A More Primitive Society

For some reason this morning I was thinking about education. The HBD blogosphere repeats ad nauseam that some people are more intelligent than others. Fine, true enough, but can’t we improve people’s mental performance? If you can get a person with an IQ of 80 to function as thought they had an IQ of 90, you have helped them- and society- a great deal.

Education is largely a matter of information and skills. Supposedly it’s also about “teaching you how to think” at the college level but that’s BS. Nobody really ever teaches you how to think. An example would be doing math in your head. Some people can do it, many can’t. Those who can understand math well enough to think through the problem without having to write it down. Maybe this is unteachable, maybe you could teach it to a few who haven’t figured it out themselves but could do it with prompting. Many people just can’t cope with abstractions. I think a lot of NAMs appear to be of normal intelligence, or even bright, but simply can’t deal with abstractions. Some guy who taught in Africa said something about this, you might be able to find this on www.chimpout.com.

Real education, like real physical training, has to happen on the individual level. A teacher for each student is not practical- although apparently some private schools have this- but a computer program could do this easily. Not just the “self-paced” learning of your, but something that evaluates how the student is thinking and adapts appropriately.

A society that applied the best scientific knowledge and modern techniques to training and educating its population would have a strong advantage. But it will never happen in America.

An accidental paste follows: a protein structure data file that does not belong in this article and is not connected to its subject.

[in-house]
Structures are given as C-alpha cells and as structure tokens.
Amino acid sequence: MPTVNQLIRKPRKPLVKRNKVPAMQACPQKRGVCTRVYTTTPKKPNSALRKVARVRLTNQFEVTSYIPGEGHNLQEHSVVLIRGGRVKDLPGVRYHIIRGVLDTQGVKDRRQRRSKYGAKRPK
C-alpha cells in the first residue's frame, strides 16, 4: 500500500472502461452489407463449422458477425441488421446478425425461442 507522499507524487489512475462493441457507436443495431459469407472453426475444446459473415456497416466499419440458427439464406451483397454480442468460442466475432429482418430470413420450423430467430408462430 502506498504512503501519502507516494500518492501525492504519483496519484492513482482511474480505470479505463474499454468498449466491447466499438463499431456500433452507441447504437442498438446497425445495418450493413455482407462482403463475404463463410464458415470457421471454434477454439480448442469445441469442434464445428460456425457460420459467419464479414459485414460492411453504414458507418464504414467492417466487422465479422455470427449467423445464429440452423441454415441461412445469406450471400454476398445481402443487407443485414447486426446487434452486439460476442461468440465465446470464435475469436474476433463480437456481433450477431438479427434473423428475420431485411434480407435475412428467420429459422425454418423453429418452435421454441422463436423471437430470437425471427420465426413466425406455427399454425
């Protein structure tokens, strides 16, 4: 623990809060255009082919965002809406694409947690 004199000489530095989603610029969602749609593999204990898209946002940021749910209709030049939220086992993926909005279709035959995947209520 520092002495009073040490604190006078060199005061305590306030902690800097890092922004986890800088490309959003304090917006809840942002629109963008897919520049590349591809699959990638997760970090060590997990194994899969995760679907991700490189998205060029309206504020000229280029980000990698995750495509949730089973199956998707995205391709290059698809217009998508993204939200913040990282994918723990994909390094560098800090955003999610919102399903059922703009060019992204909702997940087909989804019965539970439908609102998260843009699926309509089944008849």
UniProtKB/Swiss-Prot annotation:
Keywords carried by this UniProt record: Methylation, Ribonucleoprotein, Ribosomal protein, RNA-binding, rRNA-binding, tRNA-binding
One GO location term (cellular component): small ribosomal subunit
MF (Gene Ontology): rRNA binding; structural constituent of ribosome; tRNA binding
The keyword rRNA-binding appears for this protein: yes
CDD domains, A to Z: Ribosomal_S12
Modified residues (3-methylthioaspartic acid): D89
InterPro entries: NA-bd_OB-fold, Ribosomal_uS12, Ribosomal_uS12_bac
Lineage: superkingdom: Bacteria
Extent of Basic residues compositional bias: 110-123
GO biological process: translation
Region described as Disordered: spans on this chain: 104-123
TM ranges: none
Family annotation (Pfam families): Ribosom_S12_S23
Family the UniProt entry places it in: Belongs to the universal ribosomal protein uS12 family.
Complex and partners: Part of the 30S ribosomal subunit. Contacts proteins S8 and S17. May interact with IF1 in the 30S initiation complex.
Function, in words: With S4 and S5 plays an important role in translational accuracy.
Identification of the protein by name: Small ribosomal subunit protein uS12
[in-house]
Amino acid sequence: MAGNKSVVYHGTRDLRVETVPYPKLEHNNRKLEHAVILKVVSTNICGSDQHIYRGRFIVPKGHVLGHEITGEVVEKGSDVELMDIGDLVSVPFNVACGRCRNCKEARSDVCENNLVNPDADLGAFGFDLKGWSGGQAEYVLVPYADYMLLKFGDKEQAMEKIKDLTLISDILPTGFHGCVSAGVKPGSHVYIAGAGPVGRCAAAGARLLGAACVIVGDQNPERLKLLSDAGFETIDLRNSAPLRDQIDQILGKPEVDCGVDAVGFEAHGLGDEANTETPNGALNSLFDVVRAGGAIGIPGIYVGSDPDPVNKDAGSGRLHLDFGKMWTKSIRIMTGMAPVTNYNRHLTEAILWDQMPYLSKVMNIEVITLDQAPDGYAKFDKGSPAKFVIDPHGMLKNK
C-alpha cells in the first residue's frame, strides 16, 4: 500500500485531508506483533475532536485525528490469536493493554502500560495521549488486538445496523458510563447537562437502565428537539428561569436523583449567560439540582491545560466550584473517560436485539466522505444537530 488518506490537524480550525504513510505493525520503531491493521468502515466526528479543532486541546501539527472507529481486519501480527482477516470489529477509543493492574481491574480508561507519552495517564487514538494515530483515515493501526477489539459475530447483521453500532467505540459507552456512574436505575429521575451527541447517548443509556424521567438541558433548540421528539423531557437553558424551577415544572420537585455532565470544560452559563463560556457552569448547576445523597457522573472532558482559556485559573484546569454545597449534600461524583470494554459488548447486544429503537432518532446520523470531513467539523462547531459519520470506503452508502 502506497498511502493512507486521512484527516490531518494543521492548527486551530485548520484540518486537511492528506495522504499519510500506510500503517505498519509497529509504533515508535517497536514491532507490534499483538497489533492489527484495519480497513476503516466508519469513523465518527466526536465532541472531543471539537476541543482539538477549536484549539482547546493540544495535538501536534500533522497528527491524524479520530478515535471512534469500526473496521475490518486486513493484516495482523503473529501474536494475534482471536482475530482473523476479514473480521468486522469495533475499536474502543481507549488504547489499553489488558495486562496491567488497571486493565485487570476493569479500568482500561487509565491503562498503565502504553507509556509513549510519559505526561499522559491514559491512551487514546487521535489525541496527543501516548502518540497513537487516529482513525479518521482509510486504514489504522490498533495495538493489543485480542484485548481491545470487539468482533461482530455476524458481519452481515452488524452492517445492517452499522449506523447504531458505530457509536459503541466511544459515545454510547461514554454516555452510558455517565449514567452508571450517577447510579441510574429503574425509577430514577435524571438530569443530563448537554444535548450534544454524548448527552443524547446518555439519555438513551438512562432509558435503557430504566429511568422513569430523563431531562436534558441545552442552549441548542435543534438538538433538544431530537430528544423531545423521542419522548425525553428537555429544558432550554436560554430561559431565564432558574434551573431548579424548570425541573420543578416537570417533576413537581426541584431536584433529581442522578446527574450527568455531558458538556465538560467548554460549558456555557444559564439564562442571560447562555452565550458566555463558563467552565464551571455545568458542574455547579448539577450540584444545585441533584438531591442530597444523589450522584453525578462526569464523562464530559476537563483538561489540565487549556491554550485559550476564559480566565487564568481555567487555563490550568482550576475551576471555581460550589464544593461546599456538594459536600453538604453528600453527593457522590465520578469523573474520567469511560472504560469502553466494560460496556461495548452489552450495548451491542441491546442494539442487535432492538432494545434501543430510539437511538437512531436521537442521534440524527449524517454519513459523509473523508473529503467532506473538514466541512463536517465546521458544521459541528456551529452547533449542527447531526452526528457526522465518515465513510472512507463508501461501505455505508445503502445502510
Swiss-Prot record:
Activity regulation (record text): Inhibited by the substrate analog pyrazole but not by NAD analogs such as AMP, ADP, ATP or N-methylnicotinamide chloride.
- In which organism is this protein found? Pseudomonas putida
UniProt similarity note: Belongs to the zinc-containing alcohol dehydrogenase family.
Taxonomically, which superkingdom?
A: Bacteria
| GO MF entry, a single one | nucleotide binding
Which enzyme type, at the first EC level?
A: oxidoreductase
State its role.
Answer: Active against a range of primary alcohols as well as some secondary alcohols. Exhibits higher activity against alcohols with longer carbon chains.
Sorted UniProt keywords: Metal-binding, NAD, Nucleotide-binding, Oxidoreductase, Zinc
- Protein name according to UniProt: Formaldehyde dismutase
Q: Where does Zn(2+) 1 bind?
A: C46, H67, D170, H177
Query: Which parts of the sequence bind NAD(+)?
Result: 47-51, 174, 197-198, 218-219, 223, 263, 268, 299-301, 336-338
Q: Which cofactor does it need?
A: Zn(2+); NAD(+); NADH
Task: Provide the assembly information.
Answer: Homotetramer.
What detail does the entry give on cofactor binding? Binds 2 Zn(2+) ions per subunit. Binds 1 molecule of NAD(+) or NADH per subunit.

American society is fixed in the period when the New Deal political alliance was at its peak, the time period from the mid 30’s to the mid 60’s. Ideas that were accepted as true and right at that time are regarded as good, but anything that came later that contradicts them are vilified.

The educational system of the time was very brick and mortar. Schools and colleges needed to be built, teachers and professors, and of course numerous administrators, hired. The classrooms were then filled with eager students, to be taught on the lecture method. This works OK for the average student; the best student is bored, the worst student is frustrated and humiliated. But it works for most, and it has the effect of averaging people out. The best are discouraged from being too smart, the worst are pushed to achieve a minimal level of learning that will allow them to function.

The leveling effect is assisted by the social environment, which allows social democratic socialization and propaganda. The system is served, which is the important thing.

The educational system got a shock in the late 50’s, with the Russian launch of Sputnik. Immediately it was decided it must do better. If you read “Rocket Boys” by Homer Hickam, he relates how his high school immediately raised standards. That the system was concerned about the education of the children of a West Virginia coal mining town shows the best side of it; that it was committed to raising all boats, and believed in the potential of all its members.

Where it ran aground shortly after was on the education of blacks. Regarding the European gene pool as being fairly homogenous was a radical idea at one point- I need to write something on William Jennings Bryant- but it had the strength of being mostly true. The egalitarian learning institutions established in the 19th and early 20th centuries turned the children and grandchildren of illiterate peasants into scientists, engineers, accountants, and physicians. The children and grandchildren of slaves were mostly denied this opportunity; their great-grandchildren had the opportunity, but setting aside their one standard deviation lower IQs, they were not much in the mood to accept the discipline of the system, which while egalitarian was most definitely hierarchical and undemocratic.